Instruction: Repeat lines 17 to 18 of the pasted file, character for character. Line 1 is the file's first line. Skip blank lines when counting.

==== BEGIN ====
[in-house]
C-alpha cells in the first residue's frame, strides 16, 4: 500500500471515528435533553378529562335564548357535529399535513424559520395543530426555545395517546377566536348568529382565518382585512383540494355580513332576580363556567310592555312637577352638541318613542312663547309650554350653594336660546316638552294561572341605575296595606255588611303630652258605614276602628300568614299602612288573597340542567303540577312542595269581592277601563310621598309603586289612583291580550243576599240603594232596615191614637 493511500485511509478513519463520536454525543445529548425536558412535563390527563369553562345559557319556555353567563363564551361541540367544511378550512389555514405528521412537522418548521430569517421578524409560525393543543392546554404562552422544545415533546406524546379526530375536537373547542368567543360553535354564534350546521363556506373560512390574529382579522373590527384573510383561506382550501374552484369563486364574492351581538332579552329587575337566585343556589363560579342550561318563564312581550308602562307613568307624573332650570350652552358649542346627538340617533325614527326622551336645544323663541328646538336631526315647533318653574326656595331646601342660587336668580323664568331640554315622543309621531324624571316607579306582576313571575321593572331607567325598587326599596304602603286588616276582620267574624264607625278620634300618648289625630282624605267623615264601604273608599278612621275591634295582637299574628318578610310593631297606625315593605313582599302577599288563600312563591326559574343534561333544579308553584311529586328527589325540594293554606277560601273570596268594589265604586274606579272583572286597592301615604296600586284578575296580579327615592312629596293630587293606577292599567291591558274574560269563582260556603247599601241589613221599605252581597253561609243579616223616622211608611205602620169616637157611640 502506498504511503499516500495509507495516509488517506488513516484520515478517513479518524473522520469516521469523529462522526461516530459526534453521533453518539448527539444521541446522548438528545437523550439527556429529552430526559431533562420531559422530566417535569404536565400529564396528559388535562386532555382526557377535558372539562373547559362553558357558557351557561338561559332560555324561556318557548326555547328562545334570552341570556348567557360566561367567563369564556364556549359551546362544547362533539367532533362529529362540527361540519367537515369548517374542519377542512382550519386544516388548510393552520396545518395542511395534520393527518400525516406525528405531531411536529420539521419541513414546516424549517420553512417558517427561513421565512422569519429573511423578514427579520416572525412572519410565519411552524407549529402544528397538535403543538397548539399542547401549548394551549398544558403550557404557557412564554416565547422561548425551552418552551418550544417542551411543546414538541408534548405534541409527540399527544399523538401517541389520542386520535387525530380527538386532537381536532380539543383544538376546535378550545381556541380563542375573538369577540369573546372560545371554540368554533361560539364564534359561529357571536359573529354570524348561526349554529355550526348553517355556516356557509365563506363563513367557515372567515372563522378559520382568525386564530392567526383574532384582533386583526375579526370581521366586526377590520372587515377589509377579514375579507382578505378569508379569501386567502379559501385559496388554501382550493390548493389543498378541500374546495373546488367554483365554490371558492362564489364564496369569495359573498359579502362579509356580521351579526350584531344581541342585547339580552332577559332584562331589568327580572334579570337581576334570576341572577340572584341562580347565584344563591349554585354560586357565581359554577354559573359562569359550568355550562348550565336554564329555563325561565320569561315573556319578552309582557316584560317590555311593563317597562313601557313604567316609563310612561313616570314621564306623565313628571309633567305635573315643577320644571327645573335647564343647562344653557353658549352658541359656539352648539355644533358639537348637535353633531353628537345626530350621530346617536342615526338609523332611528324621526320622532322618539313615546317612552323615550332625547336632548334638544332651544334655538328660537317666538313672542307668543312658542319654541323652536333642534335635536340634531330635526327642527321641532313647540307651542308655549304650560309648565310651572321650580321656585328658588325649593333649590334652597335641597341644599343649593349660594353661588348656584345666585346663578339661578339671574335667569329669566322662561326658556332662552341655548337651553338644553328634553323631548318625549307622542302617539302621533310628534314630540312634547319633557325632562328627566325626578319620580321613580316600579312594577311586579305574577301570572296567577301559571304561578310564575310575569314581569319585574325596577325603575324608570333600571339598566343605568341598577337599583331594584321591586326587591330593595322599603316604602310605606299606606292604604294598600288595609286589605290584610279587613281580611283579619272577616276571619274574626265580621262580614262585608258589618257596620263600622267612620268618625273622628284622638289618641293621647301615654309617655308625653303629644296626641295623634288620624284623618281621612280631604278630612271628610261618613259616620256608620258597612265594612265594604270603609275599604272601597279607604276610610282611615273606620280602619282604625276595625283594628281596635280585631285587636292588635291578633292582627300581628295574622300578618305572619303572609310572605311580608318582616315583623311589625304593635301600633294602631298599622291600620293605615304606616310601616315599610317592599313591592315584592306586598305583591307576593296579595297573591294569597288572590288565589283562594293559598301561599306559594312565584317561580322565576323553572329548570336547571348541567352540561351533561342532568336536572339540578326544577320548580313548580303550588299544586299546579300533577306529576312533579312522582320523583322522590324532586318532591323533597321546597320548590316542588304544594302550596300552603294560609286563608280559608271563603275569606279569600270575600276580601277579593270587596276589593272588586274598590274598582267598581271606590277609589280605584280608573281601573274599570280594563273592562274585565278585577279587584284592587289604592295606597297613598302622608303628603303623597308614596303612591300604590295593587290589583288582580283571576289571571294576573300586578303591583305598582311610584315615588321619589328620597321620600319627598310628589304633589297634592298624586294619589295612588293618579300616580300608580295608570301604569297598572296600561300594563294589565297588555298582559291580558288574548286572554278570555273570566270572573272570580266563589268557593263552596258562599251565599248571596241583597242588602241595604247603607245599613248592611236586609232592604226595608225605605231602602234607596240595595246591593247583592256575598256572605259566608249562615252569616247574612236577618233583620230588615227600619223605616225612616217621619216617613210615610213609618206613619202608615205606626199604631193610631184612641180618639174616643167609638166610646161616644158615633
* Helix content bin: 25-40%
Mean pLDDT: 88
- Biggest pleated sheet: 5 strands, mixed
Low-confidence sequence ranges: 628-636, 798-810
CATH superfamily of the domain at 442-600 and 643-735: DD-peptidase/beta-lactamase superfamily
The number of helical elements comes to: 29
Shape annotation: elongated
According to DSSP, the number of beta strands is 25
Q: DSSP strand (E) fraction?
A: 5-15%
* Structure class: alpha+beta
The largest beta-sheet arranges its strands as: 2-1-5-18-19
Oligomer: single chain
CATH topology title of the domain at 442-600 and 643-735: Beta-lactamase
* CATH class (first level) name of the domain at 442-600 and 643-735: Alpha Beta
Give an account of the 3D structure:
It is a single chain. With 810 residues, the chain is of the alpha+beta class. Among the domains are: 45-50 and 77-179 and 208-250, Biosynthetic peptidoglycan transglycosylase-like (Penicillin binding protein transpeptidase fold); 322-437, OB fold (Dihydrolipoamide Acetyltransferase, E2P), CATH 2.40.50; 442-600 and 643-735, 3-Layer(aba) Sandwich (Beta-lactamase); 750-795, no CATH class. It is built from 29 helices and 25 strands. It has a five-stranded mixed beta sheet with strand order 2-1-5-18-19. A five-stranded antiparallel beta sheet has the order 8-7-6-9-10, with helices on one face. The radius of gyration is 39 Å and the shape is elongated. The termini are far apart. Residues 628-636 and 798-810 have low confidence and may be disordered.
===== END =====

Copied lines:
* CATH class (first level) name of the domain at 442-600 and 643-735: Alpha Beta
Give an account of the 3D structure: